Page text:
The purpose of this information sheet is to provide a useful guide explaining how frontier workers can claim a state pension. Have a look at the Retirement FAQs for some further insight.
The existence of different Social Security systems on either side of the border raises a number of important issues for frontier workers and their families. Under EU regulations a frontier worker can be defined as someone who lives in one member state and works in another, returning home at least once a week. Therefore people who live in the Republic of Ireland and work in Northern Ireland and vice versa are considered to be frontier workers.
With differences in both legislation and provision between jurisdictions it can be of no surprise that much confusion exists over what social welfare payments a frontier worker is entitled to. For many people it is not until they approach retirement age that these issues become apparent and this is reflected in the large number of enquires received by the Citizens Advice t and Citizens Information Centres from frontier workers who have queries regarding pension entitlements.
EU legislation generally governs the rules relating to social welfare payments for frontier workers. Generally speaking European Institutions seek to co-ordinate social security systems between member states in order to facilitate the free movement of people within the EU. Therefore, the same rules apply regardless of which member states you live or work in. For the purposes of this article we will use the example of frontier workers living and working between the two parts of Ireland.
EU directives state that frontier workers who have paid social insurance contributions in two or more EEA member states may be entitled to a pension or partial pension from each country awarded on a pro rata basis. This will be decided when they reach State Pension age, taking into account their country of residence.
Frontier workers approaching retirement age should normally claim for a pension in their country of residence. Therefore a person living in the Republic Ireland and working in Northern Ireland should apply to the Department of Social Protection in the south. The Department must then determine whether or not sufficient social insurance contributions have been made to qualify for either the State Pension (contributory). Where insufficient contributions have been made European Union legislation allows contributions from other member states to be combined this is known as aggregation. Therefore contributions made in different member states to be combined on a pro-rata basis. As such contributions made in Northern Ireland could enhance the rate of an Irish pension and vice versa. This same procedure applies in reverse if a claim for pension is made by a frontier worker living in Northern Ireland who has worked in the South.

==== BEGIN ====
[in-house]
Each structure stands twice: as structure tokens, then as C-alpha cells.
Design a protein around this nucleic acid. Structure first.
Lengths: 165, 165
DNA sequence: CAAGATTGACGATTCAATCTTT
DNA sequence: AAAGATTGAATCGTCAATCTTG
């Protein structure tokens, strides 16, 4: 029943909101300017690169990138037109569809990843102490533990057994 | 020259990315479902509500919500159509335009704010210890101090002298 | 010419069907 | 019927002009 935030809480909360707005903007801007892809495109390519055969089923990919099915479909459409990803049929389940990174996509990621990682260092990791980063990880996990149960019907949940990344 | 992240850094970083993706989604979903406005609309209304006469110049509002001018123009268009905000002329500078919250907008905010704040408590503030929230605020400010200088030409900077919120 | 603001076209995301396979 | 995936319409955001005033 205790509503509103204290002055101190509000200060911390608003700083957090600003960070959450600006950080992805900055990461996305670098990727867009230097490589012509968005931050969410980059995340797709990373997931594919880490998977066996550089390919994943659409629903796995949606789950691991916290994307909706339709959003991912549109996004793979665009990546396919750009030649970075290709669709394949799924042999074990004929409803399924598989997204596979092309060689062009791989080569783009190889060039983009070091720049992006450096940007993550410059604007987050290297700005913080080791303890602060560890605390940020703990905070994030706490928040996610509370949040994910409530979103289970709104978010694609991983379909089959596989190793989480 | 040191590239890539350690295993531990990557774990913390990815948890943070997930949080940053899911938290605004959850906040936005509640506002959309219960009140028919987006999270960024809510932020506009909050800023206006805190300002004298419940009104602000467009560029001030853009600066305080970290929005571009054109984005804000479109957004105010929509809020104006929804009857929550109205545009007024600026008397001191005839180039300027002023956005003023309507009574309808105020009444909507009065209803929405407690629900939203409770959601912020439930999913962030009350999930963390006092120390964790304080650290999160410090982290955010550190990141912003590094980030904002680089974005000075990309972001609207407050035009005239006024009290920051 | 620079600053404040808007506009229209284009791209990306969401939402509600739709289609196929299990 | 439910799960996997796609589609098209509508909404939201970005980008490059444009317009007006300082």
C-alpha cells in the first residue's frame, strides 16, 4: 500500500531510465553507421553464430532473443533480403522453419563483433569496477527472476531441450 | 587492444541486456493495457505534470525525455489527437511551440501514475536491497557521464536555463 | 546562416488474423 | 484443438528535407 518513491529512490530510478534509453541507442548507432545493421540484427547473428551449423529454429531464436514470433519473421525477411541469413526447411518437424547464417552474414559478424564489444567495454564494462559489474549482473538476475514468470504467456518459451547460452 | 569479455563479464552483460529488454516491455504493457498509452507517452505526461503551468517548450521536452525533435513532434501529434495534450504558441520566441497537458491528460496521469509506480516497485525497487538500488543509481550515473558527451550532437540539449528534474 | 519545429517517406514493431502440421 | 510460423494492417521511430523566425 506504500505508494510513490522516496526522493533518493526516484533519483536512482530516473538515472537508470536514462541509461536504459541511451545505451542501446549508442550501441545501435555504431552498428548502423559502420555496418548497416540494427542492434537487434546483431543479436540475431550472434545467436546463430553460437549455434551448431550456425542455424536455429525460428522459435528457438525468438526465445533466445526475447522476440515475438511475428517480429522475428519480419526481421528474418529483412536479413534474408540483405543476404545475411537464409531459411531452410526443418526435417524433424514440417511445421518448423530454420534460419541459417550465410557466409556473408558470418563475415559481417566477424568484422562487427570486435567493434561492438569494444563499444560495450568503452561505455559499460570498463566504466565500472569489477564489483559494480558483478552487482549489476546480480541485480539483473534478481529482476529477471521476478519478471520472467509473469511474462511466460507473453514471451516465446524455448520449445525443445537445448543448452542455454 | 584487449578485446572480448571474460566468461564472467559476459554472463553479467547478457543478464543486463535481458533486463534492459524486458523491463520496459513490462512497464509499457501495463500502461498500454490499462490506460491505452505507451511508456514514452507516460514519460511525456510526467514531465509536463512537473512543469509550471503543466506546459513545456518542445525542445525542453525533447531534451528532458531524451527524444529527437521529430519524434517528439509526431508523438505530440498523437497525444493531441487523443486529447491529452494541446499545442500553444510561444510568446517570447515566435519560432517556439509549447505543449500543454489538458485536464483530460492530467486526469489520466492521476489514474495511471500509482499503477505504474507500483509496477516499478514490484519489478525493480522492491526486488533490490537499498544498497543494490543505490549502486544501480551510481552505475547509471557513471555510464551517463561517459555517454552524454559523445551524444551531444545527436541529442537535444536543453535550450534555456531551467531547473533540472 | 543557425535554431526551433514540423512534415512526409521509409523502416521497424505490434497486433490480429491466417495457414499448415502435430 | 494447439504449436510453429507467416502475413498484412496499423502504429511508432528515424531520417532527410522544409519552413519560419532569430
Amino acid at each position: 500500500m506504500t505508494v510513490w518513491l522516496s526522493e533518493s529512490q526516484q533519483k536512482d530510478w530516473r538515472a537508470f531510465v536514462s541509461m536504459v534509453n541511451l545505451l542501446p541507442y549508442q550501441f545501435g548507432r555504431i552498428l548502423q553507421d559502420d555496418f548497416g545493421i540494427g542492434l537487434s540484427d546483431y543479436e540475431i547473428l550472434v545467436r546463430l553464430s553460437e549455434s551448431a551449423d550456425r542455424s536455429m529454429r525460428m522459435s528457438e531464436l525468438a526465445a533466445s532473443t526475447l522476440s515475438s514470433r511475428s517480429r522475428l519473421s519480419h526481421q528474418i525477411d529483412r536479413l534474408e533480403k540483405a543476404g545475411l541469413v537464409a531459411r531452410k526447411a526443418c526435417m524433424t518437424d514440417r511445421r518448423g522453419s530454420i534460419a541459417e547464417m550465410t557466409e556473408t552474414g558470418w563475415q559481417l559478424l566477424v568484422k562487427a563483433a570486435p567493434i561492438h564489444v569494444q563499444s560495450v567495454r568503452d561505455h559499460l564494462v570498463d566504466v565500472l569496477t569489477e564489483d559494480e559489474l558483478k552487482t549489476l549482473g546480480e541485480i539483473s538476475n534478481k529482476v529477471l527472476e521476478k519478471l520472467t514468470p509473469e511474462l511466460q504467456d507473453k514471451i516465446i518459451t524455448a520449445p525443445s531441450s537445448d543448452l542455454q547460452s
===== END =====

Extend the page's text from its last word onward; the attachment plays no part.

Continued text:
When making a pension claim workers should list all countries where they have paid social insurance contributions. Generally, in whatever country you make the original pension claim the appropriate body will then contact all relevant authorities in other jurisdictions in order to work out the final pension entitlement.
Simply put, if you have worked in Ireland and one or more other EU state (including the United Kingdom) your social insurance contributions from each EU state will be added to your Irish social insurance contributions. This is done so as to help you qualify for a pro-rata pension based on a combination of contributions you have paid in these different jurisdictions. A worker should normally make a pension claim in their country of residence. However, if a worker has spent a significant part of their working life in another EU County, or in a country where Ireland or the UK has a Bilateral Social Security Agreement, they may qualify for a pension claimed in and based solely on contributions made in that country. In this case it is possible to go directly to the relevant authority in that country to apply for a pension.
Contribution based state pensions are an exportable benefit under EU legislation. Therefore, frontier workers who are receiving retirement benefits in the South may be able to transfer them to the North should they decide to retire there. This means that if you live in the Republic of Ireland you may transfer your State Pension, both transitional and contributory, if you relocate to Northern Ireland. In general the non-contributory State Pension is not transferable under EU rules but there are special arrangements for people moving to Northern Ireland from the South. Similarly frontier workers living in Northern Ireland may transfer their retirement benefits to the Republic of Ireland should they decide to move there.
Workers who have made contributions under the legislation of both the United Kingdom and Ireland should apply for a retirement pension initially to the country in which they live. The Department for Work and Pensions (DWP) in the United Kingdom and the Department of Social Protection in Ireland then work out how much you get from each.
If you have worked in the United Kingdom you can get further information and a pension forecast from:
State Pension Forecasting Team
The Pension Service
Newcastle upon Tyne
Telephone: 0845 3000 168 or +44 191 218 3600
Website : www.hmrc.gov.uk
If you have worked in the Republic of Ireland you can get further information and a pension forecast from:
Department of Social Protection
Social Welfare Services Office
Telephone: +353 (0)71 915 7100